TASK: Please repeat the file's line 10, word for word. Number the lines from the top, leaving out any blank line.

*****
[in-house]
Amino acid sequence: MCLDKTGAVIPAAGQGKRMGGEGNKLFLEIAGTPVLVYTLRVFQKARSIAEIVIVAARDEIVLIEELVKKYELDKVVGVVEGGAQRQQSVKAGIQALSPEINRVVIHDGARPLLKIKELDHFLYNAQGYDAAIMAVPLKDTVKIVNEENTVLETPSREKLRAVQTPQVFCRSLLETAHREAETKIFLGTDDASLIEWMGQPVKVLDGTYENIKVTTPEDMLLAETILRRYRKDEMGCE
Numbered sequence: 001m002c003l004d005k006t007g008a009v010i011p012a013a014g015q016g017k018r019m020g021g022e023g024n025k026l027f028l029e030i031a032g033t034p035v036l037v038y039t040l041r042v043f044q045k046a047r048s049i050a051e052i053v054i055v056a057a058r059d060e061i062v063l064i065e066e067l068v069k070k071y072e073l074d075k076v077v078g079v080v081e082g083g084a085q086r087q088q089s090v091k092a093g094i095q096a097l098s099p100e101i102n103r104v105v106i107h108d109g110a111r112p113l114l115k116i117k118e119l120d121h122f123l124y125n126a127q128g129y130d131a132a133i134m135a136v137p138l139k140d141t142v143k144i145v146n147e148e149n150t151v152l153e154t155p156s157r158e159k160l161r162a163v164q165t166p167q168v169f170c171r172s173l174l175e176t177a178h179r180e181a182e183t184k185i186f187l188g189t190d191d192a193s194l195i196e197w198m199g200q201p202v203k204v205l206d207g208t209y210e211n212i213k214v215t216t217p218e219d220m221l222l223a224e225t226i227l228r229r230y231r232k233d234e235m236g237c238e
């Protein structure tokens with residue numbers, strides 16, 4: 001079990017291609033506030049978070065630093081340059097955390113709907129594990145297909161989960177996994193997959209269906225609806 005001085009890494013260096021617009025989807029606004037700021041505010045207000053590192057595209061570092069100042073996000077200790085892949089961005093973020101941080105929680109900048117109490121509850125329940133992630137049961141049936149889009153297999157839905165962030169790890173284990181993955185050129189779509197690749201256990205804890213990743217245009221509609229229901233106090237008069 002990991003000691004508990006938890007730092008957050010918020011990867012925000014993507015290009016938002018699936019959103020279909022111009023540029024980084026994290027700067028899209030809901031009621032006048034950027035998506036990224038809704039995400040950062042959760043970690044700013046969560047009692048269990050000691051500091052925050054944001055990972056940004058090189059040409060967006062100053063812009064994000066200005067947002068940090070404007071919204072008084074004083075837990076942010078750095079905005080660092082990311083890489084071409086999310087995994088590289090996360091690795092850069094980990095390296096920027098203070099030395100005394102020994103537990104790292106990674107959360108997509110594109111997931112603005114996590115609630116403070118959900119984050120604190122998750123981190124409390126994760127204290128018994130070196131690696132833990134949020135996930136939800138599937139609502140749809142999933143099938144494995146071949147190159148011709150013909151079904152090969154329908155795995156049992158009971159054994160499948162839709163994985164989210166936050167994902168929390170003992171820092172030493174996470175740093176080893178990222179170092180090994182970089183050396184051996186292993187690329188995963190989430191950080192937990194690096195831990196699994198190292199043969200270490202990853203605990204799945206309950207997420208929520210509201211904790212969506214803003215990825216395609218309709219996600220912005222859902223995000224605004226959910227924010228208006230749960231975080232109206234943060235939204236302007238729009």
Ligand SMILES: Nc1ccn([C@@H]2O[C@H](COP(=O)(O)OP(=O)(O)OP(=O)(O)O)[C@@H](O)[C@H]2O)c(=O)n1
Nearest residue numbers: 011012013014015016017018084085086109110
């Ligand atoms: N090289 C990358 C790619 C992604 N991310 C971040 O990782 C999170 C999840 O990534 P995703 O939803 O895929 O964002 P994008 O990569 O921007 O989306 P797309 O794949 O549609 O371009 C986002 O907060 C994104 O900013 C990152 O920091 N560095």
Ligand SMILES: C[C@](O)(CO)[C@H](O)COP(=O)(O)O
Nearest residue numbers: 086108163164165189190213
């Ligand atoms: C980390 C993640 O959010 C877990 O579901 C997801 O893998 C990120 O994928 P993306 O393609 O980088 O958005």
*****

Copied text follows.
């Ligand atoms: C980390 C993640 O959010 C877990 O579901 C997801 O893998 C990120 O994928 P993306 O393609 O980088 O958005």